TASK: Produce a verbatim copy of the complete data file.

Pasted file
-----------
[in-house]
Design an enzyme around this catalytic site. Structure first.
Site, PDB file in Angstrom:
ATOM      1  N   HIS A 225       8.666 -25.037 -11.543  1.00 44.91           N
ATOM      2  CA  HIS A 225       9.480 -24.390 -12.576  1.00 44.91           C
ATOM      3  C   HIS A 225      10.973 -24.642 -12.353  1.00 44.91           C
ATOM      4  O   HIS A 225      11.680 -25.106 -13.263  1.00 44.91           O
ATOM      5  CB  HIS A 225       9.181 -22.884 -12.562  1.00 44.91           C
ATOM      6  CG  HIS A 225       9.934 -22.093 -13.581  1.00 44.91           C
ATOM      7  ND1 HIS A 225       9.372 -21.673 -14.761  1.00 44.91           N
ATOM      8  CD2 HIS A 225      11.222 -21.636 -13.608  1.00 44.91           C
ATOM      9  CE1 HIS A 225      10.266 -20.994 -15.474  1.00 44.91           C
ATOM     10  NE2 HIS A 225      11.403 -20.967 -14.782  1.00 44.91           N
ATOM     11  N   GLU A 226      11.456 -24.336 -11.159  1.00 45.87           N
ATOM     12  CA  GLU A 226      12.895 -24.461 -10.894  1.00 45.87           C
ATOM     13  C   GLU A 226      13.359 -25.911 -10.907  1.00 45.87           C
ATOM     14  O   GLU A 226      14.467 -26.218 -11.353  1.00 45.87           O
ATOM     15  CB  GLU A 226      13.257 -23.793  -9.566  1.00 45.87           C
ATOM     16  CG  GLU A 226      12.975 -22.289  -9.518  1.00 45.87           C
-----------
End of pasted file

[in-house]
Design an enzyme around this catalytic site. Structure first.
Site, PDB file in Angstrom:
ATOM      1  N   HIS A 225       8.666 -25.037 -11.543  1.00 44.91           N
ATOM      2  CA  HIS A 225       9.480 -24.390 -12.576  1.00 44.91           C
ATOM      3  C   HIS A 225      10.973 -24.642 -12.353  1.00 44.91           C
ATOM      4  O   HIS A 225      11.680 -25.106 -13.263  1.00 44.91           O
ATOM      5  CB  HIS A 225       9.181 -22.884 -12.562  1.00 44.91           C
ATOM      6  CG  HIS A 225       9.934 -22.093 -13.581  1.00 44.91           C
ATOM      7  ND1 HIS A 225       9.372 -21.673 -14.761  1.00 44.91           N
ATOM      8  CD2 HIS A 225      11.222 -21.636 -13.608  1.00 44.91           C
ATOM      9  CE1 HIS A 225      10.266 -20.994 -15.474  1.00 44.91           C
ATOM     10  NE2 HIS A 225      11.403 -20.967 -14.782  1.00 44.91           N
ATOM     11  N   GLU A 226      11.456 -24.336 -11.159  1.00 45.87           N
ATOM     12  CA  GLU A 226      12.895 -24.461 -10.894  1.00 45.87           C
ATOM     13  C   GLU A 226      13.359 -25.911 -10.907  1.00 45.87           C
ATOM     14  O   GLU A 226      14.467 -26.218 -11.353  1.00 45.87           O
ATOM     15  CB  GLU A 226      13.257 -23.793  -9.566  1.00 45.87           C
ATOM     16  CG  GLU A 226      12.975 -22.289  -9.518  1.00 45.87           C